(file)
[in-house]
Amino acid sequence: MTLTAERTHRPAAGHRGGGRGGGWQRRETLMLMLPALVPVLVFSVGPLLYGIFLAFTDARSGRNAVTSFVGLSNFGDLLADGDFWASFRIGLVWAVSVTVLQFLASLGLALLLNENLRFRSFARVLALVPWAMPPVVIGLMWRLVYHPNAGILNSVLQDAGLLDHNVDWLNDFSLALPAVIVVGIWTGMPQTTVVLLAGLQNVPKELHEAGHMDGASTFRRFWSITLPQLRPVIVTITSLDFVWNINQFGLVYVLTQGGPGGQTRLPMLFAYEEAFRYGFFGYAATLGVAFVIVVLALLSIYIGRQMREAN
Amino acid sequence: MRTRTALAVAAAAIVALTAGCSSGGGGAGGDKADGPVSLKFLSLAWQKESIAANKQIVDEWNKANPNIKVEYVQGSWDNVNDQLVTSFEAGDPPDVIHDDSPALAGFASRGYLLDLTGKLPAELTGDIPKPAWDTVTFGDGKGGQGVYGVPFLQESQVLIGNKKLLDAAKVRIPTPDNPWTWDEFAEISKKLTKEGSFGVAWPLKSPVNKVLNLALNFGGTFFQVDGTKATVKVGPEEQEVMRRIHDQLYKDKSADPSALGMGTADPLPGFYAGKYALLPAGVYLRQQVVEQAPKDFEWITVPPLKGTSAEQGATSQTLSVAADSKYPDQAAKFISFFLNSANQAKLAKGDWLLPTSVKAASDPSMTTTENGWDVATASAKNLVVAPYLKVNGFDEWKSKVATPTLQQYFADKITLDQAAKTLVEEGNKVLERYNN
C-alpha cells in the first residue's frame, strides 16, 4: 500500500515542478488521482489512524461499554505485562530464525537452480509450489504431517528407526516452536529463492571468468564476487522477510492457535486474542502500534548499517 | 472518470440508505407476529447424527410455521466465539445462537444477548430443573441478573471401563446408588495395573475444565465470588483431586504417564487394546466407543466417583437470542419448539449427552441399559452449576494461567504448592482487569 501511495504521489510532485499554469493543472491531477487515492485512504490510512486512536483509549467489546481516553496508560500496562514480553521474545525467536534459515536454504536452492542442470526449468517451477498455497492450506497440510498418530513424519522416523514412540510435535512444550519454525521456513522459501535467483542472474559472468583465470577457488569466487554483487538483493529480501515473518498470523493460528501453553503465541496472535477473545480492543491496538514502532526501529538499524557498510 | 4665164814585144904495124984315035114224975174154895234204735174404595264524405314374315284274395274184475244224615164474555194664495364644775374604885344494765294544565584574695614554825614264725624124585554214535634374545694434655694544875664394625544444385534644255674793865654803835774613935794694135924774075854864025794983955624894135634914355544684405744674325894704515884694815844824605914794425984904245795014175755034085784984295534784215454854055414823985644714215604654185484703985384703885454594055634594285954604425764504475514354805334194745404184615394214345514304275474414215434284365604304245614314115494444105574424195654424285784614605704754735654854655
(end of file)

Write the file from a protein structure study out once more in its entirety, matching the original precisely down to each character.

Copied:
[in-house]
Amino acid sequence: MTLTAERTHRPAAGHRGGGRGGGWQRRETLMLMLPALVPVLVFSVGPLLYGIFLAFTDARSGRNAVTSFVGLSNFGDLLADGDFWASFRIGLVWAVSVTVLQFLASLGLALLLNENLRFRSFARVLALVPWAMPPVVIGLMWRLVYHPNAGILNSVLQDAGLLDHNVDWLNDFSLALPAVIVVGIWTGMPQTTVVLLAGLQNVPKELHEAGHMDGASTFRRFWSITLPQLRPVIVTITSLDFVWNINQFGLVYVLTQGGPGGQTRLPMLFAYEEAFRYGFFGYAATLGVAFVIVVLALLSIYIGRQMREAN
Amino acid sequence: MRTRTALAVAAAAIVALTAGCSSGGGGAGGDKADGPVSLKFLSLAWQKESIAANKQIVDEWNKANPNIKVEYVQGSWDNVNDQLVTSFEAGDPPDVIHDDSPALAGFASRGYLLDLTGKLPAELTGDIPKPAWDTVTFGDGKGGQGVYGVPFLQESQVLIGNKKLLDAAKVRIPTPDNPWTWDEFAEISKKLTKEGSFGVAWPLKSPVNKVLNLALNFGGTFFQVDGTKATVKVGPEEQEVMRRIHDQLYKDKSADPSALGMGTADPLPGFYAGKYALLPAGVYLRQQVVEQAPKDFEWITVPPLKGTSAEQGATSQTLSVAADSKYPDQAAKFISFFLNSANQAKLAKGDWLLPTSVKAASDPSMTTTENGWDVATASAKNLVVAPYLKVNGFDEWKSKVATPTLQQYFADKITLDQAAKTLVEEGNKVLERYNN
C-alpha cells in the first residue's frame, strides 16, 4: 500500500515542478488521482489512524461499554505485562530464525537452480509450489504431517528407526516452536529463492571468468564476487522477510492457535486474542502500534548499517 | 472518470440508505407476529447424527410455521466465539445462537444477548430443573441478573471401563446408588495395573475444565465470588483431586504417564487394546466407543466417583437470542419448539449427552441399559452449576494461567504448592482487569 501511495504521489510532485499554469493543472491531477487515492485512504490510512486512536483509549467489546481516553496508560500496562514480553521474545525467536534459515536454504536452492542442470526449468517451477498455497492450506497440510498418530513424519522416523514412540510435535512444550519454525521456513522459501535467483542472474559472468583465470577457488569466487554483487538483493529480501515473518498470523493460528501453553503465541496472535477473545480492543491496538514502532526501529538499524557498510 | 4665164814585144904495124984315035114224975174154895234204735174404595264524405314374315284274395274184475244224615164474555194664495364644775374604885344494765294544565584574695614554825614264725624124585554214535634374545694434655694544875664394625544444385534644255674793865654803835774613935794694135924774075854864025794983955624894135634914355544684405744674325894704515884694815844824605914794425984904245795014175755034085784984295534784215454854055414823985644714215604654185484703985384703885454594055634594285954604425764504475514354805334194745404184615394214345514304275474414215434284365604304245614314115494444105574424195654424285784614605704754735654854655